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No fat? Low fat? Light? Help!

Precise wording matters for food labels, so get to know the difference for terms such as "low fat," "no fat," "light" and "lean."

Confused by choices when you go grocery shopping or even when you grab a snack? The proliferation of foods designed to provide fewer calories has complicated our decision making. Clip out this handy reference. Each description is per serving.

Fat Free: Fewer than 0.5 grams of fat

Low Fat: 3 grams or fewer of fat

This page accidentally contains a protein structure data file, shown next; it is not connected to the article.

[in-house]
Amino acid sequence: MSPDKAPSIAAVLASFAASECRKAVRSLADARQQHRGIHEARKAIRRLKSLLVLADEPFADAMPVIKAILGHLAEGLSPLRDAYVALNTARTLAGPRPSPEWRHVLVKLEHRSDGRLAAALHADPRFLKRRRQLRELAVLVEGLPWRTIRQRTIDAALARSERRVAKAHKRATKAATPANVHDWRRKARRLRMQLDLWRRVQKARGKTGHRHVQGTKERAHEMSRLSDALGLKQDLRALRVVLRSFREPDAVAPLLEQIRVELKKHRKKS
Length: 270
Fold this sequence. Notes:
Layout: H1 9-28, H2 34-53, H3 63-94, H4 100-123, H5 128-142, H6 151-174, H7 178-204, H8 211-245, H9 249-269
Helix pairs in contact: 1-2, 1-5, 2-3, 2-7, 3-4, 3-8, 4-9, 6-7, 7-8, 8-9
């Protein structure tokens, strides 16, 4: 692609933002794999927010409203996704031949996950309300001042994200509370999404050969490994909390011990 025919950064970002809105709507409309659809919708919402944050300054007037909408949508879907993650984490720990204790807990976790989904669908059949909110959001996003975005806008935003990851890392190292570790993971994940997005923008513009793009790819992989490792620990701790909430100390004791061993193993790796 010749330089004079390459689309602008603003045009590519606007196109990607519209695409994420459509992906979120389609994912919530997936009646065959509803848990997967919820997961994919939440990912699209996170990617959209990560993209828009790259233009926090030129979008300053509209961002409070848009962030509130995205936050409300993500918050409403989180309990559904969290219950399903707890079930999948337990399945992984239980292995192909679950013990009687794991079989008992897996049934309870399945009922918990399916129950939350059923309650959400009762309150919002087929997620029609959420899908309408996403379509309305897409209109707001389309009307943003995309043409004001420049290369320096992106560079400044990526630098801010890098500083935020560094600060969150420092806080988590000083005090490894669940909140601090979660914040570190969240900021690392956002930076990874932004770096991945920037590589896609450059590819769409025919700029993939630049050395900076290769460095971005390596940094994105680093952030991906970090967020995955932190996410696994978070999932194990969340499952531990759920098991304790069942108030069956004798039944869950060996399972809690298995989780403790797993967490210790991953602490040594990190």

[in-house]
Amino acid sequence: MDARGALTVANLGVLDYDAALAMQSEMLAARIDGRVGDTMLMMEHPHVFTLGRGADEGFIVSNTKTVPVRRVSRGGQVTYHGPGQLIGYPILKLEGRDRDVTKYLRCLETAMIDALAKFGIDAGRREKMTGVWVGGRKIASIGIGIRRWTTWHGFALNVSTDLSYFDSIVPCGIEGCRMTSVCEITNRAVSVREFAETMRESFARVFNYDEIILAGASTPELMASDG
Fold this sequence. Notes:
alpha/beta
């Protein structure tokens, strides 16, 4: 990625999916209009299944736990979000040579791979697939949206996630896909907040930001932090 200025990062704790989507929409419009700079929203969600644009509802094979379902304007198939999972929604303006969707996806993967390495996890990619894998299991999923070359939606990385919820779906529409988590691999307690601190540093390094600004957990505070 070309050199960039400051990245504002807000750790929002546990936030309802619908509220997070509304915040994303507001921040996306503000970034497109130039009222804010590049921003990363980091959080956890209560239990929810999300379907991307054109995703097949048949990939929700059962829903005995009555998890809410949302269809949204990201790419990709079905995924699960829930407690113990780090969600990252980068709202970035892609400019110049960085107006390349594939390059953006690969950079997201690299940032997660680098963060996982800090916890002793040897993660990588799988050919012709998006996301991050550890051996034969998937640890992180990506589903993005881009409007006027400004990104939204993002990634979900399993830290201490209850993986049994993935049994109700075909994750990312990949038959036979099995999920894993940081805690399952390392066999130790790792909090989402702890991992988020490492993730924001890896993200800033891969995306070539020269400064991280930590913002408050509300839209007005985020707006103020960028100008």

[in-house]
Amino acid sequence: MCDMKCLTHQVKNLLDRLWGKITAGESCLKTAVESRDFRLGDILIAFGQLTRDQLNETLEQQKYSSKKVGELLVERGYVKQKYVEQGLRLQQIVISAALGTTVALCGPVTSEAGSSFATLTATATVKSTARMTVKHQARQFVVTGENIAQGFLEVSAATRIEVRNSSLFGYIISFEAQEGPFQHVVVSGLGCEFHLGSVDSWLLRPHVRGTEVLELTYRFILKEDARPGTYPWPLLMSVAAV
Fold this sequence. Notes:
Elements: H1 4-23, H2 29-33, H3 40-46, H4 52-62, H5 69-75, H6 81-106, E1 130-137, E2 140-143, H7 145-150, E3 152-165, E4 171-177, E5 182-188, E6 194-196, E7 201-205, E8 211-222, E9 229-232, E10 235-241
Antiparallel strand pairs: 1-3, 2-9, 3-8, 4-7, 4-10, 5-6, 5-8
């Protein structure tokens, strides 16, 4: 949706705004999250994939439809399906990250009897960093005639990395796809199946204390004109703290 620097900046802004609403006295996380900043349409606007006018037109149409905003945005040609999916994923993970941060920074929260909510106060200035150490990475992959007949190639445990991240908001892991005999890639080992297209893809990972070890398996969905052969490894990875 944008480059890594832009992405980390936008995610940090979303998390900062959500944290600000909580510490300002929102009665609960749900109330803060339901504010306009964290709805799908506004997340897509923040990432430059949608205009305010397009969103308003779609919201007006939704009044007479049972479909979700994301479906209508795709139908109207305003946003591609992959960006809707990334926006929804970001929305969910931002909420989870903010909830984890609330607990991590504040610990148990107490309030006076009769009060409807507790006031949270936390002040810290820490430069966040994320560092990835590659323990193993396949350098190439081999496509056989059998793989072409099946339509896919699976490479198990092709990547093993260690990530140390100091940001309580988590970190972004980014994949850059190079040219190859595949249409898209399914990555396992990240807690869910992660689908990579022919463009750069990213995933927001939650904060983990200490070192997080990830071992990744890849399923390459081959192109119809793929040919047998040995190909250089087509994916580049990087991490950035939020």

Reduced or Less Fat: At least 25 percent less fat than the full-fat product

Lean: Fewer than 10 grams of fat overall, 4.5 grams or less of saturated fat, and no more than 95 milligrams of cholesterol

Light: Half the fat or one-third fewer calories than the full-fat product. If half or more of the food's calories (in its "regular" formulation) come from fat, then the maker has to cut 50 percent of the product's fat content for it to be deemed "light."

Cholesterol Free: Fewer than 2 milligrams of cholesterol and 2 grams of saturated fat

Calorie Free: Fewer than 5 calories

Low Calorie: 40 or fewer calories

"Reduced" or "Fewer" Calories: At least 25 percent fewer calories than the full-fat product

Clearly, the semantics matter. Knowledge is power, so know before you go shopping.

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